What Your New Year's Resolution Has Been Missing

There is no doubt that New Year’s resolutions are easier to make than to keep. In fact, it is estimated that less than half of those that make resolutions make it past the first 6 months. But that shouldn’t stop you from making a commitment to health in the new year. So instead of planning to make the same old New Year’s resolution, opt to do something different that will provide lasting effects all year long.

Often times we set ourselves up for disappointment with unrealistic goals that leave us feeling overwhelmed and unmotivated. To make this New Year’s resolution truly different from years past; Devin Vicknair, PhD, Behavioral Specialist at GMC’s Center for Weight Management provides insider tips to create meaningful, lasting change in the new year.

Don’t Overlook the Mental Side of Change

Self-efficacy, or confidence in the fact that you can achieve something, is a large part of sticking to a fitness regimen or new healthy habits. When setting your goals, stick to what you know, since self-efficacy usually comes from having successfully done something before.

Furthermore, don’t lose sight of why you set your goal in the first place. Of course, there are many different types of motivation, so figure out what drives you and keep it in mind for those times when motivation is lacking. Write your goals down, share them with family and friends and read them every day.

Choose Consistency Over Intensity

When the excitement of the New Year begins to wear off, you may notice that your motivation and dedication to your new healthy habit begins to fade away. However, if you are in this for the long haul, then consistency is the name of the game. Exercising for 5 minutes or running 1 mile a day for a year is much better than trying to run 3 miles a day and quitting after the first month.

Also, keep in mind that our willpower is like fuel that reduces as the day progresses. This means that it may be harder to exercise after a long day at work because your willpower tank may be on empty! Try to achieve your goals earlier in the day while you have the motivation.

Keep Expectations in Check

Thinking that exercise alone will help you shed large amounts of weight could lead to frustration and disappointment. Physical activity needs to be combined with other lifestyle changes. Exercise without any other significant changes in diet usually only produces a few pounds of weight loss.

Instead of focusing on weight loss alone, look for results in your energy levels, your mood, how your clothes are fitting, your strength, physical functioning and inches lost—all of which will improve with exercise.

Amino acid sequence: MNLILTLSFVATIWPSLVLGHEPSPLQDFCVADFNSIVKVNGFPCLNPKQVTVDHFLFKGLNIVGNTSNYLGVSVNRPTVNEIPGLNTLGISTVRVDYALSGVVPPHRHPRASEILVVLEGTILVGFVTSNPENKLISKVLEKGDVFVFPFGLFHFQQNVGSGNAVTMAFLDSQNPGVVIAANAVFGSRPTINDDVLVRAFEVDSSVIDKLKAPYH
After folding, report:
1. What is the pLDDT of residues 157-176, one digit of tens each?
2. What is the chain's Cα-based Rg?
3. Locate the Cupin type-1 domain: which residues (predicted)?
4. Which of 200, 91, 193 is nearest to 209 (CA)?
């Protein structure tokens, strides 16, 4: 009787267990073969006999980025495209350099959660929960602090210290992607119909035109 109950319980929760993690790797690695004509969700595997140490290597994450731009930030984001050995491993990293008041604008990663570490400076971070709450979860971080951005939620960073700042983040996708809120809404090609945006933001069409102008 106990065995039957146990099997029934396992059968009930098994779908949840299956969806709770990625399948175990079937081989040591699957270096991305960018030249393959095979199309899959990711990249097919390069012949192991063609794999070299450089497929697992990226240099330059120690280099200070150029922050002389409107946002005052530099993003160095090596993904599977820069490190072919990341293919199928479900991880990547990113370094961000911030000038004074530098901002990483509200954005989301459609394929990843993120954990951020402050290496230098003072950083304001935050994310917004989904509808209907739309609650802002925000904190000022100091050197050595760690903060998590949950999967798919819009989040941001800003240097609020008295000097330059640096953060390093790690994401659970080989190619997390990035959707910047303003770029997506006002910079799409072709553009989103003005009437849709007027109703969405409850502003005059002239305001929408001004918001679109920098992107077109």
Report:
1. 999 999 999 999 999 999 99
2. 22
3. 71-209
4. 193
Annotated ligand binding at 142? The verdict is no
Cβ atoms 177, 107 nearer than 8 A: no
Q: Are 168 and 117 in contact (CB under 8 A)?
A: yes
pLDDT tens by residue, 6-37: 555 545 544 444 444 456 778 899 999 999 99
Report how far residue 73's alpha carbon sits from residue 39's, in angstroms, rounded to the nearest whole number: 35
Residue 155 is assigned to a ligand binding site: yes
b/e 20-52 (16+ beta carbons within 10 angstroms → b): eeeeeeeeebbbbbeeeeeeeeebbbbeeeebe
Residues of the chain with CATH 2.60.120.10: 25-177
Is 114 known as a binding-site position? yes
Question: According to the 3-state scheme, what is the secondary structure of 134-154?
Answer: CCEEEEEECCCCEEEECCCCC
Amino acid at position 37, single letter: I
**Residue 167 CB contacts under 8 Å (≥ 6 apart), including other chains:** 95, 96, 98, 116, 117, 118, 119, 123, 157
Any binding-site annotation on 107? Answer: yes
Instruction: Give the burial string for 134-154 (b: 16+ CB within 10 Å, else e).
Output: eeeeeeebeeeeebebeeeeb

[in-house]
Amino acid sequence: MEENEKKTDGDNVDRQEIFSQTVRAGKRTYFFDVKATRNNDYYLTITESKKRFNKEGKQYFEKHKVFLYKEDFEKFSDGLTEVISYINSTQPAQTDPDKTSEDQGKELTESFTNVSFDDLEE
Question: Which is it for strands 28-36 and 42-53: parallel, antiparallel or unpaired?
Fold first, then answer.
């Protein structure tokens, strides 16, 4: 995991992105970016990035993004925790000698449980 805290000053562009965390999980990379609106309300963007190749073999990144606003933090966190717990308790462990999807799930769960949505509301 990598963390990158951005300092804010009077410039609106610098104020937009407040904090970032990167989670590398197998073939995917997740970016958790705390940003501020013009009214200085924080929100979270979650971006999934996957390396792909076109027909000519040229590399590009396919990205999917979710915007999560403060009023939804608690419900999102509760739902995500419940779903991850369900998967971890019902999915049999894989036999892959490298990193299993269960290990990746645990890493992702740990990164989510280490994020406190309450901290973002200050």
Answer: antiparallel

Create a Plan

When it comes to New Year’s Resolutions, it’s appealing to make general promises to eat better and exercise more; however, that makes it difficult to really achieve your goals or monitor progress. To help make these commitments to health more attainable, make your goal(s) specific. Also, plan beyond the first month; give yourself a month-by-month process to follow for the whole year.

Utilize the S.M.A.R.T. goal setting model which means your goals need to be: Specific, Measurable, Realistic, Attainable/Achievable and Time limited. To measure your goals, keep track of your progress in a journal, an app, or even a simple piece of paper; whatever you choose, make sure to recognize your progress.

Don’t Do It Alone

Getting the support of family and friends can make all the difference. When those healthy habits begin to feel like extra work, the support of friends and family will provide the extra boost you need, especially if they adopt the same healthy habits. Beginning a new health routine together is a great way to make it more enjoyable and to ensure accountability.

Also, don’t be afraid to seek the guidance and advice of an expert or someone who can help mentor you. Setting goals and making lifestyle changes, especially those centered on health can be confusing and just downright difficult. Utilize the extensive resources, support and expertise available to you through GMC’s Center for Weight Management

Comments

Popular posts from this blog

5 Signs You May Have Heart Disease And Not Know It

Don't Fall For These Common Colorectal Cancer Myths

6 Hidden Sources Of Weight Gain